Writings on technology and society from Wellington, New Zealand

Thursday, July 23, 2009

Prediction is hard

…especially about the future. This week on Radio New Zealand National I’ll be talking about old technology predictions that didn’t turn out so well, and making a few of my own.

I’ll be on after the 11am news tomorrow, Thursday 23rd July. You can read on for some of my speaking notes, or download the audio as ogg or mp3.

There’s technology predictions and social predictions. Technology predictions in the near future are a matter of extrapolating the areas progress is being made in and figuring out what they could be useful for. That’s not easy, but it’s far easier than making social predictions – how new technology will change how we live. Who could have predicted, except in retrospect, that the steam engine would lead to large cities?

I have four technology predictions:

Battery life will get a lot better. That’s already beginning to happen. There have been dramatic improvements in batteries over the last year. Look for longer life, higher capacity and much shorter recharge times.

Much better mobile Internet devices, and web services designed for them. The current generation of smart phones is bringing desktop Internet services to handheld devices, but its also beginning to provide services that only make sense on a mobile (like turn-by-turn GPS). Many websites have produced mobile version of themselves so they look better on a small screen. THis is a much more effective route than WAP, which was tried a few years ago but never really caught on.

Your music library on your car stereo. This is possible now but it’s not been well-packaged. What I imagine is that you car contains all your music library and it syncs automatically to your home over wi-fi whenever its parked there. You can do this by carrying around your iPod, but I’m hoping for something a lot more automatic.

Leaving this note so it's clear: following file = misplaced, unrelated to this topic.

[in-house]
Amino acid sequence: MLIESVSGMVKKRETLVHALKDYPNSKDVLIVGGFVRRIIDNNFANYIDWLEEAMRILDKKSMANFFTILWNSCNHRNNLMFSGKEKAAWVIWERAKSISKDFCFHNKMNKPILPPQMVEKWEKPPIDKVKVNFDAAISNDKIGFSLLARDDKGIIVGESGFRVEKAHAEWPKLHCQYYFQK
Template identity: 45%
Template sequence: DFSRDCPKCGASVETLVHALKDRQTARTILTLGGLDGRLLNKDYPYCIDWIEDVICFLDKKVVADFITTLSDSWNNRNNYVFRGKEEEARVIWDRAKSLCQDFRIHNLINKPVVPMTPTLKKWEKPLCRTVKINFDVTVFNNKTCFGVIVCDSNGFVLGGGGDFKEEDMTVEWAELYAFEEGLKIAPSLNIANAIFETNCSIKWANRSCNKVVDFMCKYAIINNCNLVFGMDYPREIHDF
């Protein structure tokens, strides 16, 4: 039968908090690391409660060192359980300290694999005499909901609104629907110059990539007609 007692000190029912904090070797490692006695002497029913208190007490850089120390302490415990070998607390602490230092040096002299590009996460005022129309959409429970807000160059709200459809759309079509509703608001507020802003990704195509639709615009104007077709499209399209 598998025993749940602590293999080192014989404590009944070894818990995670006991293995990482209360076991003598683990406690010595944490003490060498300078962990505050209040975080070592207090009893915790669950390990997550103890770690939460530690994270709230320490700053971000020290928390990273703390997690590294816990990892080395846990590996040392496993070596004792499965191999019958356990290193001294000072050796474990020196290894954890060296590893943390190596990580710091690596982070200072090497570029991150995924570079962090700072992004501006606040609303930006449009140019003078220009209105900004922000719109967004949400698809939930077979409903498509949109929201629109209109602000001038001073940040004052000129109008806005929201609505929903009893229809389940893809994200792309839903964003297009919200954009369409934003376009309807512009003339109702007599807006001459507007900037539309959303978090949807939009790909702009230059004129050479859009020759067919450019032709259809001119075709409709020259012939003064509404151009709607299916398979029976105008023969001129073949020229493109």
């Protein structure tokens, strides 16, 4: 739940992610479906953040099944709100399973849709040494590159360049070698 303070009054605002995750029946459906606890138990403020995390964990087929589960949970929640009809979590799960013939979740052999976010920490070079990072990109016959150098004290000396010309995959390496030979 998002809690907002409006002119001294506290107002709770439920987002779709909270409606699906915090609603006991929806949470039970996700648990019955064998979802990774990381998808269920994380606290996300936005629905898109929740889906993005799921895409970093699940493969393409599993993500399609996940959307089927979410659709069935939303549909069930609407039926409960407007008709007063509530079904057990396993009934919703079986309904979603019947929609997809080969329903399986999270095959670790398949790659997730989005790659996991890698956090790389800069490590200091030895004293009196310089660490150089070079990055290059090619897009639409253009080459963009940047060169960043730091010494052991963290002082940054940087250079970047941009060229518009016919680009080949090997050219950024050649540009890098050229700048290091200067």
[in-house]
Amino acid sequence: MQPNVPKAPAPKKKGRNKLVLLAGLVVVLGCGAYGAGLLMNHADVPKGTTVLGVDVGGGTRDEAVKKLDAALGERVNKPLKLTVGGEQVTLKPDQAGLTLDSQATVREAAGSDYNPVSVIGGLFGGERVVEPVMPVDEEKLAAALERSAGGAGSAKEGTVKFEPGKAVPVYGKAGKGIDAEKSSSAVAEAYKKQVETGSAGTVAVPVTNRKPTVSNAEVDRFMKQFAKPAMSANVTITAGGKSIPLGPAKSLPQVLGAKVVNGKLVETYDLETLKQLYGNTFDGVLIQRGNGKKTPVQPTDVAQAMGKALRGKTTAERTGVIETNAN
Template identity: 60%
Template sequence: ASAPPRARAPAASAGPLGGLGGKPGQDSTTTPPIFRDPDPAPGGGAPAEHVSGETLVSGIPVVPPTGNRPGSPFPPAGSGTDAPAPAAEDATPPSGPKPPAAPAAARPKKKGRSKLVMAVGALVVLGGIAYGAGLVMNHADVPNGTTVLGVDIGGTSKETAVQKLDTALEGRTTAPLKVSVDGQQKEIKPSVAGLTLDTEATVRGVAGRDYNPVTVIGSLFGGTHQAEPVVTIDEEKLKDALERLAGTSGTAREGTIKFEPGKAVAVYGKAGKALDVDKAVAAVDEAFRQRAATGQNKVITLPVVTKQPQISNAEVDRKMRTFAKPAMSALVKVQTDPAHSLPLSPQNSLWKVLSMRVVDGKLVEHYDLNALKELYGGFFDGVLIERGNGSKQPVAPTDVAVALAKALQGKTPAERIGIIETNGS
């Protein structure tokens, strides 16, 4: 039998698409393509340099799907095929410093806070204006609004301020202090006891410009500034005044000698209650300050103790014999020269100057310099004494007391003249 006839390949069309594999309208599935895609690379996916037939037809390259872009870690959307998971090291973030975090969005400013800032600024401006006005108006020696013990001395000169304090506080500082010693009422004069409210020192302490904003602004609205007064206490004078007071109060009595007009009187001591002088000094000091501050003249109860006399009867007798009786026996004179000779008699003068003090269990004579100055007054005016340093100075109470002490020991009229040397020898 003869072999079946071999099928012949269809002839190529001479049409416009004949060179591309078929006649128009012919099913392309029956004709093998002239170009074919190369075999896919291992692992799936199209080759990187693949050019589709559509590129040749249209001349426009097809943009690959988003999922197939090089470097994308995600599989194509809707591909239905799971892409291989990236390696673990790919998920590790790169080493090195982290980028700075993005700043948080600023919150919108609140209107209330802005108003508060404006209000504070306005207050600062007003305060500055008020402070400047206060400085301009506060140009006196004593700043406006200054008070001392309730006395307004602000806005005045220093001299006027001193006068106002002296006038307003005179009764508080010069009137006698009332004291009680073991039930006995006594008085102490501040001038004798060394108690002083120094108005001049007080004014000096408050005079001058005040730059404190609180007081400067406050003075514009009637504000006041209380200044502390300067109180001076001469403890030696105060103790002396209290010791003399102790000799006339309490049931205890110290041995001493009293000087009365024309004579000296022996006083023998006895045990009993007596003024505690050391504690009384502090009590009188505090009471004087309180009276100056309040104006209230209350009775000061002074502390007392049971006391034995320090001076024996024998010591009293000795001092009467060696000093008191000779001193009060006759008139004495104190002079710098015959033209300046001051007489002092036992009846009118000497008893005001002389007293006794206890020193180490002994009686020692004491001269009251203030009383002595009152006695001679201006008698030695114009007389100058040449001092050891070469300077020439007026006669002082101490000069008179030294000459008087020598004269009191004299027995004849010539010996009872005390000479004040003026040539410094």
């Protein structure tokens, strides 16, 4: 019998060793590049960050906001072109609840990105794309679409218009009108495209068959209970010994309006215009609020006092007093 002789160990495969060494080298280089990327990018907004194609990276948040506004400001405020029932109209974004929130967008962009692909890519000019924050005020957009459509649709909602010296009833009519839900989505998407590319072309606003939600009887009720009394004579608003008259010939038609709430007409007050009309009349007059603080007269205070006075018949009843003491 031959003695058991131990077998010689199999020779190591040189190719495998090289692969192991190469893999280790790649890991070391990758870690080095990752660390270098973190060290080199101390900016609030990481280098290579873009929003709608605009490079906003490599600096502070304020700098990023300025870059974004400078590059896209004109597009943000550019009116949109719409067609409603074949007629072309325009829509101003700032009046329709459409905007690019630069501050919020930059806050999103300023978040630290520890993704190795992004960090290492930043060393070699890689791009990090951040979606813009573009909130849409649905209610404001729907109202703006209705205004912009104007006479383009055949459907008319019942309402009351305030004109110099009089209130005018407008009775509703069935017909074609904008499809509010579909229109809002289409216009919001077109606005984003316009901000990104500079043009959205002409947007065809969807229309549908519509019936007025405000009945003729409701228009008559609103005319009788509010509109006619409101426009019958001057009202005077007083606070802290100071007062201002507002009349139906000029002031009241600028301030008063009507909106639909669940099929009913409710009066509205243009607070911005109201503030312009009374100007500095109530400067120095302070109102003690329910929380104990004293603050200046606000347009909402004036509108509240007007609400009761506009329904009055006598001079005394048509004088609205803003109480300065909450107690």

Software to be mostly, or all, open source again. I’ve blogged before about how I see closed-source software as an aberration. Open source prevents suppliers of one piece of software from restricting customer choice for other software. Customers get to choose software on its merits to the customer. Open source, including free software, has always been used a lot in infrastructural applications – the Internet more or less runs on it, for instance – but now it’s increasingly gaining a foothold in desktops. OpenOffice is very common in homes, Ubuntu is growing, and corporates are turning to open source as a cost saving measure. Which it is.

posted by colin at 12:06 am  


  1. I certainly hope that your fourth prediction is correct. I think it depends on people’s actions now, though.

    Putting this together with another of your predictions, people can choose to buy iPhones now, hoping that open source alternatives will somehow become more prevalent later. But if they do, how will alternatives survive?

    We can choose to buy iPhones and Kindles now, paying for others to establish control over our culture; or we can look for alternatives and choose to fund freedom.

    Comment by Tim McKenzie — 24 July 2009 @ 4:32 pm

  2. I agree. I root for your fourth prediction. Where customer’s have the option to choose.

    Comment by Computer Christchurch — 4 August 2009 @ 3:08 am

  3. I’m quite convinced that, in a decade or two, we will look aback and see closed-source software as an aberration. That view’s based on the strong advantages for customers of open source. Customers have a way of getting what they want in the long term. Ask anyone who was in IBM in the 1980s :)

    Comment by colin — 6 August 2009 @ 7:13 am

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